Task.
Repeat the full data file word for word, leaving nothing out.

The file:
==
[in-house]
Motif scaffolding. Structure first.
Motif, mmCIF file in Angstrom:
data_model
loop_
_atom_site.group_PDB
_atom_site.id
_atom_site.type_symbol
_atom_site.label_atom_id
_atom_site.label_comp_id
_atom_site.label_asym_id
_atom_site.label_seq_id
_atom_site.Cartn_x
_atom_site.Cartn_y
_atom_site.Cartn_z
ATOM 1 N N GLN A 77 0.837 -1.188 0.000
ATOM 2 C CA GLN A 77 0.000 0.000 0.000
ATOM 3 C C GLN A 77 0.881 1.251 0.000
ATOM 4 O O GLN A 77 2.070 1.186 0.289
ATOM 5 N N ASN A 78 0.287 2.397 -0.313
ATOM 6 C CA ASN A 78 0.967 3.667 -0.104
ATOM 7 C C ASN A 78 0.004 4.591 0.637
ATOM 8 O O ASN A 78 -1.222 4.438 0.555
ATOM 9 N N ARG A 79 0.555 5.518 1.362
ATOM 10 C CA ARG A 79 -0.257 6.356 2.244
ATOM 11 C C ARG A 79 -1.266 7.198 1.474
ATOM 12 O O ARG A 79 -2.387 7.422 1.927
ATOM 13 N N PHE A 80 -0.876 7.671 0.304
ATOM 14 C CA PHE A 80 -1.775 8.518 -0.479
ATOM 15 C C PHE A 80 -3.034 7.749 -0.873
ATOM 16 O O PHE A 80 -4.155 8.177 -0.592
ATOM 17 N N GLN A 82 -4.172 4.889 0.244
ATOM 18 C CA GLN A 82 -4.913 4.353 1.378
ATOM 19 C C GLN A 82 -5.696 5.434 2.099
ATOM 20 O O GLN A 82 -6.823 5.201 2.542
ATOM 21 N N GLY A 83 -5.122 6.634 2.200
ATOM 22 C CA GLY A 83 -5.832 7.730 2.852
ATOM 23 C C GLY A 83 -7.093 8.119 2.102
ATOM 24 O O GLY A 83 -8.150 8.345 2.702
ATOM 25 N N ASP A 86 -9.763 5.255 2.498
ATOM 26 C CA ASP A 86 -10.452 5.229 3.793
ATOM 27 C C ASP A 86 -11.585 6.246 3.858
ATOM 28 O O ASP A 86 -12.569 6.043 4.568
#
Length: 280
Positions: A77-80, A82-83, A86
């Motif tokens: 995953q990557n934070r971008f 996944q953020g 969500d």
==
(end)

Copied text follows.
[in-house]
Motif scaffolding. Structure first.
Motif, mmCIF file in Angstrom:
data_model
loop_
_atom_site.group_PDB
_atom_site.id
_atom_site.type_symbol
_atom_site.label_atom_id
_atom_site.label_comp_id
_atom_site.label_asym_id
_atom_site.label_seq_id
_atom_site.Cartn_x
_atom_site.Cartn_y
_atom_site.Cartn_z
ATOM 1 N N GLN A 77 0.837 -1.188 0.000
ATOM 2 C CA GLN A 77 0.000 0.000 0.000
ATOM 3 C C GLN A 77 0.881 1.251 0.000
ATOM 4 O O GLN A 77 2.070 1.186 0.289
ATOM 5 N N ASN A 78 0.287 2.397 -0.313
ATOM 6 C CA ASN A 78 0.967 3.667 -0.104
ATOM 7 C C ASN A 78 0.004 4.591 0.637
ATOM 8 O O ASN A 78 -1.222 4.438 0.555
ATOM 9 N N ARG A 79 0.555 5.518 1.362
ATOM 10 C CA ARG A 79 -0.257 6.356 2.244
ATOM 11 C C ARG A 79 -1.266 7.198 1.474
ATOM 12 O O ARG A 79 -2.387 7.422 1.927
ATOM 13 N N PHE A 80 -0.876 7.671 0.304
ATOM 14 C CA PHE A 80 -1.775 8.518 -0.479
ATOM 15 C C PHE A 80 -3.034 7.749 -0.873
ATOM 16 O O PHE A 80 -4.155 8.177 -0.592
ATOM 17 N N GLN A 82 -4.172 4.889 0.244
ATOM 18 C CA GLN A 82 -4.913 4.353 1.378
ATOM 19 C C GLN A 82 -5.696 5.434 2.099
ATOM 20 O O GLN A 82 -6.823 5.201 2.542
ATOM 21 N N GLY A 83 -5.122 6.634 2.200
ATOM 22 C CA GLY A 83 -5.832 7.730 2.852
ATOM 23 C C GLY A 83 -7.093 8.119 2.102
ATOM 24 O O GLY A 83 -8.150 8.345 2.702
ATOM 25 N N ASP A 86 -9.763 5.255 2.498
ATOM 26 C CA ASP A 86 -10.452 5.229 3.793
ATOM 27 C C ASP A 86 -11.585 6.246 3.858
ATOM 28 O O ASP A 86 -12.569 6.043 4.568
#
Length: 280
Positions: A77-80, A82-83, A86
């Motif tokens: 995953q990557n934070r971008f 996944q953020g 969500d």